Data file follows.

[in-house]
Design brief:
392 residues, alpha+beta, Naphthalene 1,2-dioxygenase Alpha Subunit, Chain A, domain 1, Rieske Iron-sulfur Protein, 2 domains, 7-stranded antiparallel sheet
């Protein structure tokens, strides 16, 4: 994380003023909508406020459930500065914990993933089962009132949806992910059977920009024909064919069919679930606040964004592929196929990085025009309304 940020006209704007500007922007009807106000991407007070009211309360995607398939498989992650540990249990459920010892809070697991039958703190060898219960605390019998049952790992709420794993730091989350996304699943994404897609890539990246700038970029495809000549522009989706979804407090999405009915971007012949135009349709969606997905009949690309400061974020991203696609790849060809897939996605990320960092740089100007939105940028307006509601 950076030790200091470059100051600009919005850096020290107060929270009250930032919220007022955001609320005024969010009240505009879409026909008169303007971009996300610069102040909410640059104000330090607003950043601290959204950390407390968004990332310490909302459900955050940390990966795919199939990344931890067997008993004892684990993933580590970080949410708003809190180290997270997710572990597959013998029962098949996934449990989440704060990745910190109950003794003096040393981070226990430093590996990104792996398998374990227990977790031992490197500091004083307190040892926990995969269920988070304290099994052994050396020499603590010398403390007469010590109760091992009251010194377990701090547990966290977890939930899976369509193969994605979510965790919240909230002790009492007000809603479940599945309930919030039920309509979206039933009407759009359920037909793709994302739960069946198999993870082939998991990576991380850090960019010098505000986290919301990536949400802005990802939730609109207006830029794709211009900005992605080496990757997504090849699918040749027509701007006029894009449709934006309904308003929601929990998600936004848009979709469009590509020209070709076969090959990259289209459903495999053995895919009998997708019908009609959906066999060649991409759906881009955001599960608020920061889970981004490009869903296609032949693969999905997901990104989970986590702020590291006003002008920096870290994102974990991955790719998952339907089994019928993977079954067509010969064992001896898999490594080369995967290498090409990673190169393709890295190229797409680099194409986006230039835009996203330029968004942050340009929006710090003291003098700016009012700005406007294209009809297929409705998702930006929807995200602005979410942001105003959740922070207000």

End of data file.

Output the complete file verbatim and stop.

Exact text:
[in-house]
Design brief:
392 residues, alpha+beta, Naphthalene 1,2-dioxygenase Alpha Subunit, Chain A, domain 1, Rieske Iron-sulfur Protein, 2 domains, 7-stranded antiparallel sheet
């Protein structure tokens, strides 16, 4: 994380003023909508406020459930500065914990993933089962009132949806992910059977920009024909064919069919679930606040964004592929196929990085025009309304 940020006209704007500007922007009807106000991407007070009211309360995607398939498989992650540990249990459920010892809070697991039958703190060898219960605390019998049952790992709420794993730091989350996304699943994404897609890539990246700038970029495809000549522009989706979804407090999405009915971007012949135009349709969606997905009949690309400061974020991203696609790849060809897939996605990320960092740089100007939105940028307006509601 950076030790200091470059100051600009919005850096020290107060929270009250930032919220007022955001609320005024969010009240505009879409026909008169303007971009996300610069102040909410640059104000330090607003950043601290959204950390407390968004990332310490909302459900955050940390990966795919199939990344931890067997008993004892684990993933580590970080949410708003809190180290997270997710572990597959013998029962098949996934449990989440704060990745910190109950003794003096040393981070226990430093590996990104792996398998374990227990977790031992490197500091004083307190040892926990995969269920988070304290099994052994050396020499603590010398403390007469010590109760091992009251010194377990701090547990966290977890939930899976369509193969994605979510965790919240909230002790009492007000809603479940599945309930919030039920309509979206039933009407759009359920037909793709994302739960069946198999993870082939998991990576991380850090960019010098505000986290919301990536949400802005990802939730609109207006830029794709211009900005992605080496990757997504090849699918040749027509701007006029894009449709934006309904308003929601929990998600936004848009979709469009590509020209070709076969090959990259289209459903495999053995895919009998997708019908009609959906066999060649991409759906881009955001599960608020920061889970981004490009869903296609032949693969999905997901990104989970986590702020590291006003002008920096870290994102974990991955790719998952339907089994019928993977079954067509010969064992001896898999490594080369995967290498090409990673190169393709890295190229797409680099194409986006230039835009996203330029968004942050340009929006710090003291003098700016009012700005406007294209009809297929409705998702930006929807995200602005979410942001105003959740922070207000």